• $\begingroup$ In discussion with the other moderators, we have reopened this question so that it can receive answers again. When there is time, I will open up a meta about it; my view is that this is completely topical, but clearly there is some discussion to be had. If you do choose to post it at Academia anyway (which I would understand), please delete it here since questions are not supposed to be asked simultaneously in more than one SE forum. That said, I hope that the question does well here. I think it's an important one for this forum, and one that needs to be considered in this context. $\endgroup$ – Ben I. Apr 3 at 20:27
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    $\begingroup$ @Embarrassedtenuredprofessor When some one won't leave you alone, ignoring them can be the politest thing you can do. You may tell them, but they don't listen, then you ignore them, then you escalate. $\endgroup$ – ctrl-alt-delor Apr 5 at 6:57
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I have a couple thoughts of how I'd handle it:

  1. Address it with the bad actors 1-on-1, but don't assume bad faith. We might not know the whole story and there might have been a good reason to walk away from a situation or it is possible that the bad actor has poor social skills. Give them the benefit of the doubt, but explain why that kind of behavior creates a hostile environment that is not good for education.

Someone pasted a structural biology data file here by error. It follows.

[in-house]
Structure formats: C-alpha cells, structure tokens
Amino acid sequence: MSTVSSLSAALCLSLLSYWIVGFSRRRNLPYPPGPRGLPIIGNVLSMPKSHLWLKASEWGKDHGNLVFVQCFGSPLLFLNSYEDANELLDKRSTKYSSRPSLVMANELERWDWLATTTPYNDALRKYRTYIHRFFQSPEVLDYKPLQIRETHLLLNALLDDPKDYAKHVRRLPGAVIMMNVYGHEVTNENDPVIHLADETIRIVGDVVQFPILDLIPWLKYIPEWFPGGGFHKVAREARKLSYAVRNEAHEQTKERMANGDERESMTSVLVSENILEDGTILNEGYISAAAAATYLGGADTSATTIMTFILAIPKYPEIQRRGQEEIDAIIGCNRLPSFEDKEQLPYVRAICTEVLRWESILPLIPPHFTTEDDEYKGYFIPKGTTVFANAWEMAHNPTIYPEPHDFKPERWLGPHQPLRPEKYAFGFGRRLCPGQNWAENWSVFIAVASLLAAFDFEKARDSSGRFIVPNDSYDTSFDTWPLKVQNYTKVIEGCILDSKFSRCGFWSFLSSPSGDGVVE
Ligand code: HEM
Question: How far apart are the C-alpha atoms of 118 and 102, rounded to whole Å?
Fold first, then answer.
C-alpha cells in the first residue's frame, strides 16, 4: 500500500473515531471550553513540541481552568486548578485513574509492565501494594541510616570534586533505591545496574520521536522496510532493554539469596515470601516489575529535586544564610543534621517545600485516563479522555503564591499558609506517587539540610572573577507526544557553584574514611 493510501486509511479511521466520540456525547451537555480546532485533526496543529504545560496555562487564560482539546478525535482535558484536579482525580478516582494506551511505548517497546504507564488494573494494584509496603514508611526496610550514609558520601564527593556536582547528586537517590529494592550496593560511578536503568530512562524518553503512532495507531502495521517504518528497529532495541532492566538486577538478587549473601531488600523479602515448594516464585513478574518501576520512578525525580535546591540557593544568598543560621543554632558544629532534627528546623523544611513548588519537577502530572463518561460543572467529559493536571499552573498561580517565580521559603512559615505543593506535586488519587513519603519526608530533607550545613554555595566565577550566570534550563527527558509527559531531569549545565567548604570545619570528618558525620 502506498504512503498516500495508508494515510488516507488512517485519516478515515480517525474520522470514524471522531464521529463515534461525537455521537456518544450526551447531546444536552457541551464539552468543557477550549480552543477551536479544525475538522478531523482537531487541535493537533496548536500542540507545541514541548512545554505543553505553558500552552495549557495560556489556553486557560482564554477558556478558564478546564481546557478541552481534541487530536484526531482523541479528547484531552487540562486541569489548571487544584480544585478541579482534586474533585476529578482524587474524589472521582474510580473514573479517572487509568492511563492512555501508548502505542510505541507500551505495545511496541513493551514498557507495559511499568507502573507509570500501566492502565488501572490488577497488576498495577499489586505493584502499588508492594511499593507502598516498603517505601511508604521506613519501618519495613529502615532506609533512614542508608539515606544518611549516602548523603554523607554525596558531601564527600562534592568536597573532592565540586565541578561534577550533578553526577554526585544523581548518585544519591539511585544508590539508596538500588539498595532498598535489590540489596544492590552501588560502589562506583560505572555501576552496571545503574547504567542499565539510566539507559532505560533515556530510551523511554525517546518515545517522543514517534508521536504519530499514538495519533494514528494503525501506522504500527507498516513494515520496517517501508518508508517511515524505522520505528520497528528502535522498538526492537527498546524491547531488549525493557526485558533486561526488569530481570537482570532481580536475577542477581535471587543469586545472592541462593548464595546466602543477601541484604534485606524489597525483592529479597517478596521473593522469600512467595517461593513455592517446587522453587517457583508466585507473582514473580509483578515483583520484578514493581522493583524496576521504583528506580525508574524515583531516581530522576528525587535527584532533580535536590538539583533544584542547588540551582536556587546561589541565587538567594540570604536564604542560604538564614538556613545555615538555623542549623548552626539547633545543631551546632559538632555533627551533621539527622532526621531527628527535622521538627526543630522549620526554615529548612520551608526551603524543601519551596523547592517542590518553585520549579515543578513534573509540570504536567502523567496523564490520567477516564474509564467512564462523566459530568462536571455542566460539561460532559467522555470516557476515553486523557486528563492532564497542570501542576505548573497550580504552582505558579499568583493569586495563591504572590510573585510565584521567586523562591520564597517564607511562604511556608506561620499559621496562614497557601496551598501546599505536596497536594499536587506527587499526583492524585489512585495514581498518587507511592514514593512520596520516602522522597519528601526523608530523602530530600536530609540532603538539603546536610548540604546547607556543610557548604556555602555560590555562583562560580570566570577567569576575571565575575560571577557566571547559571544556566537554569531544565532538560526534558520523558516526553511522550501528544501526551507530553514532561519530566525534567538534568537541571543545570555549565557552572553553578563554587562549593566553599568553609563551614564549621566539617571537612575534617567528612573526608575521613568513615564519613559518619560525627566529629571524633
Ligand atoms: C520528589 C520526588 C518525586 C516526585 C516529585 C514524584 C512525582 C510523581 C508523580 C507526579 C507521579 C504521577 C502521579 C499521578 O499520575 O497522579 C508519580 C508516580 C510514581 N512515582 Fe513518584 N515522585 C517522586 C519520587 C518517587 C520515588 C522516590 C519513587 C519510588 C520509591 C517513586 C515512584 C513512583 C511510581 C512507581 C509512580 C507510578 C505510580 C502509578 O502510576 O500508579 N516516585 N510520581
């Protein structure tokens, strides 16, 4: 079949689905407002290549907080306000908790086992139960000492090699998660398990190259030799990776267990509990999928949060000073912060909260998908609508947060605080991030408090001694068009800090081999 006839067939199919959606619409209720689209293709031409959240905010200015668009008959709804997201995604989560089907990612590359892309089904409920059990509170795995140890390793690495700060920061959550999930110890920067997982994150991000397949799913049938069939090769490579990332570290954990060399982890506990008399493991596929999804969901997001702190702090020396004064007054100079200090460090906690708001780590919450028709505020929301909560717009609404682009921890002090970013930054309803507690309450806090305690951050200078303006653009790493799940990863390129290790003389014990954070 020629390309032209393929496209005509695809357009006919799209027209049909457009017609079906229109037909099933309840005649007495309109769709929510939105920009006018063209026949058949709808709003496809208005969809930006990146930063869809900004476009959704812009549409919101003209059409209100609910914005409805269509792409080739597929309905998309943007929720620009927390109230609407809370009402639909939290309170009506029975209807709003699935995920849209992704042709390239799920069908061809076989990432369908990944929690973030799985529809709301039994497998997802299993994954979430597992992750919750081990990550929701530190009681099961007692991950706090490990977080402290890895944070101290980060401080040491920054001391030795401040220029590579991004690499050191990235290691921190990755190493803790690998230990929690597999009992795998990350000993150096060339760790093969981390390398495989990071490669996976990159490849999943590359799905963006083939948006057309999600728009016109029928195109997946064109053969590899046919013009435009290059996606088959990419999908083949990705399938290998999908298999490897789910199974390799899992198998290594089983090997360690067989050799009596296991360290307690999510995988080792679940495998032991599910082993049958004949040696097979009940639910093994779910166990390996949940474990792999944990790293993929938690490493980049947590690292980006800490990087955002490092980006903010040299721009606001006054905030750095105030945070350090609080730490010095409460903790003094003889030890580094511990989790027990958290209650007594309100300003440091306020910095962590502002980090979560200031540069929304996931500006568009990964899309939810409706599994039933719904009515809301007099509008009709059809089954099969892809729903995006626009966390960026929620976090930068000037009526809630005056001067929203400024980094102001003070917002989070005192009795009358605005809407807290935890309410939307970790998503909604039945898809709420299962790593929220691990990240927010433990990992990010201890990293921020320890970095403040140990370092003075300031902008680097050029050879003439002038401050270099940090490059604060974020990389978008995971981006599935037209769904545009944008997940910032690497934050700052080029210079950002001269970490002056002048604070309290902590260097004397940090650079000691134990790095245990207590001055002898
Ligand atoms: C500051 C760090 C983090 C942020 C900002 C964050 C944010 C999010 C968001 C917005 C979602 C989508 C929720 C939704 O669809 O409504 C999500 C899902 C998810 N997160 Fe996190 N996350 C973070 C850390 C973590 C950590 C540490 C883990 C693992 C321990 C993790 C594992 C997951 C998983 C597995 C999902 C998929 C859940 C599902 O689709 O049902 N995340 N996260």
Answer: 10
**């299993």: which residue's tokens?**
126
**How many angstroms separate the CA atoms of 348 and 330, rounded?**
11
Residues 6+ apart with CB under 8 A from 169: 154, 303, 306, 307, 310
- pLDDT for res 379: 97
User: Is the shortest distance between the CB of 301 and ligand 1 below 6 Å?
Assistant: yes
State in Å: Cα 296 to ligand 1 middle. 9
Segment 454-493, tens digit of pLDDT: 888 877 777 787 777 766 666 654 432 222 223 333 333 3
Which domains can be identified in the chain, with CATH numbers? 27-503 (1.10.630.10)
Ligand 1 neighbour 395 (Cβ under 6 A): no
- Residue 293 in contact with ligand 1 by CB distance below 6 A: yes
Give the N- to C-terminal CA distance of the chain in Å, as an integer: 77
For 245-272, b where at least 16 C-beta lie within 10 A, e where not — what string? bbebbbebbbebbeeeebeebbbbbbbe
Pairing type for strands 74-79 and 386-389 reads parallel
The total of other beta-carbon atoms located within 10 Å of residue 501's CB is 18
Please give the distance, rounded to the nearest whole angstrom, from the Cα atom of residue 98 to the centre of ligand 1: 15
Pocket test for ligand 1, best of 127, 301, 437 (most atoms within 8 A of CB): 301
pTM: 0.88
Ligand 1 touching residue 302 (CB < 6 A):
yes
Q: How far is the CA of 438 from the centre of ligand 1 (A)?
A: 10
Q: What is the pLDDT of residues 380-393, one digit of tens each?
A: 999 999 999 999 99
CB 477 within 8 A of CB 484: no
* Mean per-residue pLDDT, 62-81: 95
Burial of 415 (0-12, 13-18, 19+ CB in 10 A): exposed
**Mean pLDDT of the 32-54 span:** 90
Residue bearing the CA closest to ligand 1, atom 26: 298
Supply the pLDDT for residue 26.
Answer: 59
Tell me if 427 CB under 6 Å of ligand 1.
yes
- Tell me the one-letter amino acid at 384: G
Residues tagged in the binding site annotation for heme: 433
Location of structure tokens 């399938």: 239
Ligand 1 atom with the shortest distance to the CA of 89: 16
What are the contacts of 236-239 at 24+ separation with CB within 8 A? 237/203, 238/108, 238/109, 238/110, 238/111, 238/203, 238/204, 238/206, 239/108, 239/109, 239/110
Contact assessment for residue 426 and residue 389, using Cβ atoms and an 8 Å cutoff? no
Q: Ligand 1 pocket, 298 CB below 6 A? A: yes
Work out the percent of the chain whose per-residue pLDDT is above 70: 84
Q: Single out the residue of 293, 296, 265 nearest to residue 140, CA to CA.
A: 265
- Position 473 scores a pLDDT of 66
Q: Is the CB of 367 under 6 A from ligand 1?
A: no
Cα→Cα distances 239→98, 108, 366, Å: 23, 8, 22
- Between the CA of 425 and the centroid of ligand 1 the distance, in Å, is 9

2. Discuss in class what makes for a good working/learning environment. Not necessarily directly mentioning the situation, you can still emphasize a need for students to take agency in being part of a nurturing environment. I haven't had the exact same circumstances, but I have found it helpful by acknowledging that most jobs require interpersonal skills and that I've known even talented developers who have been passed up for good jobs because no one wanted to put up with their attitudes. In that same notion, I tell my software engineering students that I expect them to behave like professionals and like the class is a part-time job. That includes treating others with respect, even if they don't consider each other friends.